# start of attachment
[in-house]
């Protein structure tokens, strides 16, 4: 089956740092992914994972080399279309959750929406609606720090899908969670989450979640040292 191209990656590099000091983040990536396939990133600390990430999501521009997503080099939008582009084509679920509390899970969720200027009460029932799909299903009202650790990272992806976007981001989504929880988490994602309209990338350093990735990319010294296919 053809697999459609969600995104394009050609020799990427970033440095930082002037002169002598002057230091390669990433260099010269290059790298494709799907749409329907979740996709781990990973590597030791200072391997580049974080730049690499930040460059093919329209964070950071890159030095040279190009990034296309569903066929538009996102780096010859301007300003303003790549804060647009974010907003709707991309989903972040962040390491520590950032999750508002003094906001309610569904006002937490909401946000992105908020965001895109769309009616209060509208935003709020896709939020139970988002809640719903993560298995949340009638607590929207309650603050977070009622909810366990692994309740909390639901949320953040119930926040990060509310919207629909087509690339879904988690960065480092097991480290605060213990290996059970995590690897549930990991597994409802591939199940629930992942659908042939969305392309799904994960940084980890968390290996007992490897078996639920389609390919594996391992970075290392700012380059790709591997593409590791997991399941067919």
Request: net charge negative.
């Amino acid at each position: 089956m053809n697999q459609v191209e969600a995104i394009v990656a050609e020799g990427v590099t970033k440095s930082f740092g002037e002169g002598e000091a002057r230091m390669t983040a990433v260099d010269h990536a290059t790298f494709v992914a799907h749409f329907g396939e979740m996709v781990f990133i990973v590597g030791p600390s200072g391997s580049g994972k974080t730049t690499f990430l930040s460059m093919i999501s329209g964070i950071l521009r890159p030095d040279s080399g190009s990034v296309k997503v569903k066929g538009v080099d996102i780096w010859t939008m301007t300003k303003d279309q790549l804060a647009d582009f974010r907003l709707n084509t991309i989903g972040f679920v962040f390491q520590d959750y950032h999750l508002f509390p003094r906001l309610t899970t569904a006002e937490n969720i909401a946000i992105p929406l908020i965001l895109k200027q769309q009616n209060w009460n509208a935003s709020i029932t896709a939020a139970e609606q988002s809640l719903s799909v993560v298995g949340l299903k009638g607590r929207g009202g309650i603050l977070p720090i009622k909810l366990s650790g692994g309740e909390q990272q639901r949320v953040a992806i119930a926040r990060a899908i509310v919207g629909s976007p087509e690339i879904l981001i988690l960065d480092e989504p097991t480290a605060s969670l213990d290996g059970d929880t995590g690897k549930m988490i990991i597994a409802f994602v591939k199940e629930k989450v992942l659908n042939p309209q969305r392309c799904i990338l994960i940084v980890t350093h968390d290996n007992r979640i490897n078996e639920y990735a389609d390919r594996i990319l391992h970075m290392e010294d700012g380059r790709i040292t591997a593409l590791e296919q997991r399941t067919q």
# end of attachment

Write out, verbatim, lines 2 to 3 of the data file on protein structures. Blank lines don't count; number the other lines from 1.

């Protein structure tokens, strides 16, 4: 089956740092992914994972080399279309959750929406609606720090899908969670989450979640040292 191209990656590099000091983040990536396939990133600390990430999501521009997503080099939008582009084509679920509390899970969720200027009460029932799909299903009202650790990272992806976007981001989504929880988490994602309209990338350093990735990319010294296919 053809697999459609969600995104394009050609020799990427970033440095930082002037002169002598002057230091390669990433260099010269290059790298494709799907749409329907979740996709781990990973590597030791200072391997580049974080730049690499930040460059093919329209964070950071890159030095040279190009990034296309569903066929538009996102780096010859301007300003303003790549804060647009974010907003709707991309989903972040962040390491520590950032999750508002003094906001309610569904006002937490909401946000992105908020965001895109769309009616209060509208935003709020896709939020139970988002809640719903993560298995949340009638607590929207309650603050977070009622909810366990692994309740909390639901949320953040119930926040990060509310919207629909087509690339879904988690960065480092097991480290605060213990290996059970995590690897549930990991597994409802591939199940629930992942659908042939969305392309799904994960940084980890968390290996007992490897078996639920389609390919594996391992970075290392700012380059790709591997593409590791997991399941067919």
Request: net charge negative.